Her colleagues kept in touch throughout her tour. “They used to send me the best packages,” she says. “For my birthday, I got one that had pictures of everyone in the office holding up signs saying ‘Hello’ and ‘How’s the tan?’,” she says. “Getting post like that was such a morale boost. When you come in from patrol and see what you’ve got lying on your bed, it’s great.”

I often think about the colleagues we lost, but at the time you just have to pick yourself up and get on with things

Louise Greenhalgh

One such delivery sticks in Louise’s mind.

“I ordered a paddling pool on Amazon and it was the best £20 I have ever spent. By July, the temperature was 50ºC so if I didn’t have any work to do, I’d sit in the paddling pool with my friends.”

It’s a strange life at Camp Bastion, located north-west of Helmand’s capital Lashkar Gah. It’s an eight square mile, 2,000-person base in the middle of the desert where people can watch DVDs, play volleyball or even grab a bite at Pizza Hut. They are also kept awake at night by Chinook helicopters on twilight missions to rescue colleagues with bullet wounds or severed limbs.

“We would accompany the medics out to the battlefield to pick up casualties,” recalls Greenhalgh. “There were some terrible sights.”

Here she clams up, unwilling to give more detail. The camps often came under attack and Louise says on average there was a death a week during her time in Afghanistan.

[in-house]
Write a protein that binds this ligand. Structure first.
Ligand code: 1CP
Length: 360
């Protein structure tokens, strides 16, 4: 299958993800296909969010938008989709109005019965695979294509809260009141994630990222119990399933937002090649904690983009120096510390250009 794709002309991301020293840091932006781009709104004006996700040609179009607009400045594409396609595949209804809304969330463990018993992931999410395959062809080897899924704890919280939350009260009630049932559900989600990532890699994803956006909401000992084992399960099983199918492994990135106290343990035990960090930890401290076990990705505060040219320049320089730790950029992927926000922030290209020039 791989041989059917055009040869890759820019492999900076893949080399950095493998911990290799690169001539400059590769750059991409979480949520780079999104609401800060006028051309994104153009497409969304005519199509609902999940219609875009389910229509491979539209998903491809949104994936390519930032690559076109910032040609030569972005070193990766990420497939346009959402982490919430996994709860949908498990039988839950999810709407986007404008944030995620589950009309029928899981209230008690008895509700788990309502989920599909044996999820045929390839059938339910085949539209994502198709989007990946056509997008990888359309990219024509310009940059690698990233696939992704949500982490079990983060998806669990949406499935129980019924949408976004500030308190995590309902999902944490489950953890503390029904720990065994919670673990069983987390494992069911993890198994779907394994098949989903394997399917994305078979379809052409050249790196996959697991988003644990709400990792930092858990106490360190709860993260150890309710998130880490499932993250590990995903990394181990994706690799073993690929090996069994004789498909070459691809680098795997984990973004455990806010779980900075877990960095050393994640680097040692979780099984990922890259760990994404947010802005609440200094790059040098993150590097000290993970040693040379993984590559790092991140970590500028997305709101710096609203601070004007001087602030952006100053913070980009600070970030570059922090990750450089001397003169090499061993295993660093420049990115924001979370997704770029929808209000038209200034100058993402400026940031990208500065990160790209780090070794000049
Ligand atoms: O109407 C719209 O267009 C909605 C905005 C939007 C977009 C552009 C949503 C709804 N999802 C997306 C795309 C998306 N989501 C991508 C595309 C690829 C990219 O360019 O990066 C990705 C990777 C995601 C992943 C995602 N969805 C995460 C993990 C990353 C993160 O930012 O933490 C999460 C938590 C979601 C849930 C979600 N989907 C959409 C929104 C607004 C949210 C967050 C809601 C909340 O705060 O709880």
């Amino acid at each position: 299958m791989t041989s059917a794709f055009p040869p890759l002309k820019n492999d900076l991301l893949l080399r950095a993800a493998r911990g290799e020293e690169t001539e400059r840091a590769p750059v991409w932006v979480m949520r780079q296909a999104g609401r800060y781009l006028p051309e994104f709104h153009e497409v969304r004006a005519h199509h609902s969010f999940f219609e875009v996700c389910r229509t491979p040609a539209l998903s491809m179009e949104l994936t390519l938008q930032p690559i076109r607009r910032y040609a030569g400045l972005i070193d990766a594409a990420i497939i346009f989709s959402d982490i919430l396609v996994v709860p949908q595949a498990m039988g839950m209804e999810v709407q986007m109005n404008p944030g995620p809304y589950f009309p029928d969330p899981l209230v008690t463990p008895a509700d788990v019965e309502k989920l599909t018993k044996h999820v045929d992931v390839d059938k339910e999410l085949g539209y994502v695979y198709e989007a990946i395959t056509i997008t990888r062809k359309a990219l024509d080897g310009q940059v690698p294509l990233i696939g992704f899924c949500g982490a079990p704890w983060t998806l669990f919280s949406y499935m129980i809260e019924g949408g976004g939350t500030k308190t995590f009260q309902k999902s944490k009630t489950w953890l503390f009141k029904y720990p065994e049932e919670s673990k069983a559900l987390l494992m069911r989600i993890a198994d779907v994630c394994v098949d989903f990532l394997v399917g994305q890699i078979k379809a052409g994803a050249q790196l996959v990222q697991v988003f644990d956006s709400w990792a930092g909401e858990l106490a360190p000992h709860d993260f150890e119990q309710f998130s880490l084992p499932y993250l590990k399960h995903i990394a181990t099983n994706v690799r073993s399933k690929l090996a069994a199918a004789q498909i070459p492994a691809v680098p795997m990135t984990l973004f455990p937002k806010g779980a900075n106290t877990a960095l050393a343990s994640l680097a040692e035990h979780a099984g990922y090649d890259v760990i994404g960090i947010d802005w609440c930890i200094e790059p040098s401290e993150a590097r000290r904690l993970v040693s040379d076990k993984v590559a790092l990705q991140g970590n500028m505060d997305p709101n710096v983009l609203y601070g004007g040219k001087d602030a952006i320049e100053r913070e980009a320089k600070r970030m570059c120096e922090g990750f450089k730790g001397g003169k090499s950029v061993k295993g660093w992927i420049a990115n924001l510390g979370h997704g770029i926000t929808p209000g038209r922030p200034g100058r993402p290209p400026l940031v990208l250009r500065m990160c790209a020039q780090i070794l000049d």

“I often think about the colleagues we lost, but at the time you just have to pick yourself up and get on with things,” she says.

“I had moments of intense fear, but the thing about being out there is you’re not on your own. When you come under fire, there is air support within seconds and then the fear goes. At night it can be hard to sleep because of the mortars, but you get used to it.”

When they weren’t stationed at Bastion, Louise’s regiment – which also included a construction site manager and a heating engineer – was sent to smaller, more exposed outposts up to 180km (or 28 minutes’ flying time) away.

Facilities were basic. “We had weight-lifting equipment made from scrap bits of metal and at night it was a matter of sleeping on a camp bed under the stars or playing cards by candlelight – I learned poker.”

Asked whether army living has affected her attitude to life back home, Louise says: “It just makes you worry less about the smaller things.”

But perhaps it’s more than that. As she leaves, Louise scoops up the plate of uneaten biscuits from the table: “I’ll take these for the team,” she says.

Greenhalgh's typical day at Camp Bastion

6.30am Get up, go to gym or run around the camp’s perimeter

8am Breakfast: we’re offered everything from pancakes and croissants to a full fry-up – I tried to stick to cereal

9-12pm Strategy meeting; preparing for operations; maintaining vehicles and stores; training, such as running through drills or checking communications equipment

12-1pm Lunch: either the "fat boy's" choice of sausages and pies or salad

1-5.30pm We are on call all day, but now we go on missions: accompanying search parties on patrol; locating and destroying explosives. Otherwise we check emails and write letters home

5.30-7.30pm Dinner: chicken, pasta

7.30-10pm Play poker or watch a DVD

10-10.30pm Go to bed unless you’re on call with the medics